The shortage of cars among recent immigrants is widely seen as a contributing factor to the high pedestrian fatality rate. Hispanic households are two-thirds more likely not to have a car than are non-Hispanic homes, according to the 1997 Consumer Expenditure Survey. And a 1995 survey by the U.S. Department of Transportation showed that Latinos are nearly twice as likely to make trips on foot. That alone makes them more probable victims.
"If you end up walking to work and you don't own a car, you're more likely to get hit," said Richard Schieber of the Centers for Disease Control and Prevention. "In the Washington area, it is no picnic at all. There are very busy roads and an element of aggressive driving."
Another factor is geography. The fatalities are clustered in some of the older suburbs inside the Capital Beltway, where many immigrants have settled in apartments along four-, six- and eight-lane thoroughfares. Eight Hispanic pedestrians have been killed in the vicinity of Langley Park and Four Corners in Maryland since 1995. In the area of Baileys Crossroads and Seven Corners in Virginia, seven Hispanics have died since 1993.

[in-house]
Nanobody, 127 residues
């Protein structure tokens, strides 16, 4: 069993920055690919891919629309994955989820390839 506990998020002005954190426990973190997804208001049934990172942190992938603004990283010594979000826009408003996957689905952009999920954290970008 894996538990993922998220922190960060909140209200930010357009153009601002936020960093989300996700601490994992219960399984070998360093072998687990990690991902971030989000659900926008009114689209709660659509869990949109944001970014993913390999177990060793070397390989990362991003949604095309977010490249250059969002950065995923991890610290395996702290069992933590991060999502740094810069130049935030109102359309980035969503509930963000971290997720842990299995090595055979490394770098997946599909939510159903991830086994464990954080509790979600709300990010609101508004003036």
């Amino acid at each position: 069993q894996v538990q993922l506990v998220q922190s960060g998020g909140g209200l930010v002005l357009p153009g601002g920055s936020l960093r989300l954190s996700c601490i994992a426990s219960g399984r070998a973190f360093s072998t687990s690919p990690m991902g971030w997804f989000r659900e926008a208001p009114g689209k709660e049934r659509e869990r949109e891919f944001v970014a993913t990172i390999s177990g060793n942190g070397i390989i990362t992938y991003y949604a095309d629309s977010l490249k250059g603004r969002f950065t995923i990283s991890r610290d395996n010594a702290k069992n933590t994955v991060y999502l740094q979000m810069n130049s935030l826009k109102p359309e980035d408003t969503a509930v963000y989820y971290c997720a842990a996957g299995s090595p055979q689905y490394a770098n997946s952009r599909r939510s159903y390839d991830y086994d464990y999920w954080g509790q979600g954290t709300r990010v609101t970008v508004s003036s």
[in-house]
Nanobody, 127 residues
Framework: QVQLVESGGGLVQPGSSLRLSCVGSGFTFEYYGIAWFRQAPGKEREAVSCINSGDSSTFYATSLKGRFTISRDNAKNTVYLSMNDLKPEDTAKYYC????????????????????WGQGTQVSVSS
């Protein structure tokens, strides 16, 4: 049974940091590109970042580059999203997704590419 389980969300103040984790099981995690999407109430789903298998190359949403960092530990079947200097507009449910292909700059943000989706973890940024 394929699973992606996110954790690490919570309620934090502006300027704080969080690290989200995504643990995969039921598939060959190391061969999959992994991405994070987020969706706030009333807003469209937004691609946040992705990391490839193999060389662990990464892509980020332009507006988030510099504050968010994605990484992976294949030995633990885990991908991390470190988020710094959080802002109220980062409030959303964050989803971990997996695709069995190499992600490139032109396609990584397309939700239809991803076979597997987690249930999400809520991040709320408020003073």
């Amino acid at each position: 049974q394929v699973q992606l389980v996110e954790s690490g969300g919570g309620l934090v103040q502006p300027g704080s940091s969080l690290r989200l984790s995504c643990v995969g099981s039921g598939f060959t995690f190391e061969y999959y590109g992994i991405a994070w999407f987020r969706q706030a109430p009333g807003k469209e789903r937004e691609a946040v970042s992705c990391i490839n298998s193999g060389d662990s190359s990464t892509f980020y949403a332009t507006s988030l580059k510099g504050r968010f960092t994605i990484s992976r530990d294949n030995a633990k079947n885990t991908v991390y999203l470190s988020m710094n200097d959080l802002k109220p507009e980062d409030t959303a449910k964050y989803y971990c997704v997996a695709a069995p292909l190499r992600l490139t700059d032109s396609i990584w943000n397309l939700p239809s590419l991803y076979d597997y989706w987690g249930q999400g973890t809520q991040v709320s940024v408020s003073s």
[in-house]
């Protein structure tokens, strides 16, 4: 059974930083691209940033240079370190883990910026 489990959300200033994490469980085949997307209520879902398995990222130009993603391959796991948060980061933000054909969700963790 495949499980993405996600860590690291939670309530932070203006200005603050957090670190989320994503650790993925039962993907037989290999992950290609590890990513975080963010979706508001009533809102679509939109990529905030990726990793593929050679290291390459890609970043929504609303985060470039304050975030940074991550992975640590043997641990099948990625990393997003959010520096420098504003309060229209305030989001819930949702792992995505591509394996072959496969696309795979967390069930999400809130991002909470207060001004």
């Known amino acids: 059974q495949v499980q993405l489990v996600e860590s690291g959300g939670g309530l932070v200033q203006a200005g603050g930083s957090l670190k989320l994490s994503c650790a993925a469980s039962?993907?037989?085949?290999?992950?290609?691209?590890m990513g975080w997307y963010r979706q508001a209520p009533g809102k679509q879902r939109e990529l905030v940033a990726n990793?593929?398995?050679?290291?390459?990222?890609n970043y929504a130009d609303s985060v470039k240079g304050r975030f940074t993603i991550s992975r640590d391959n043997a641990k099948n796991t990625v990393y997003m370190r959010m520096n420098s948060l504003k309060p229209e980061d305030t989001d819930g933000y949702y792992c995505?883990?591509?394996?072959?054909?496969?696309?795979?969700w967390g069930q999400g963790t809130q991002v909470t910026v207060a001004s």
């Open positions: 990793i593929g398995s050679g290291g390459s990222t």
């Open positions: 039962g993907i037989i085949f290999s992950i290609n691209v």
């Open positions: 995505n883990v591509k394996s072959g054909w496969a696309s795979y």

Along Leesburg Pike between Seven Corners and Baileys Crossroads for instance, sidewalks are few, often disconnected and isolated strands of concrete. A makeshift path through the adjacent grass has been trampled bare by countless pedestrians, plodding along the expanses between the strip malls, hugging the roadside only feet from the racing cars.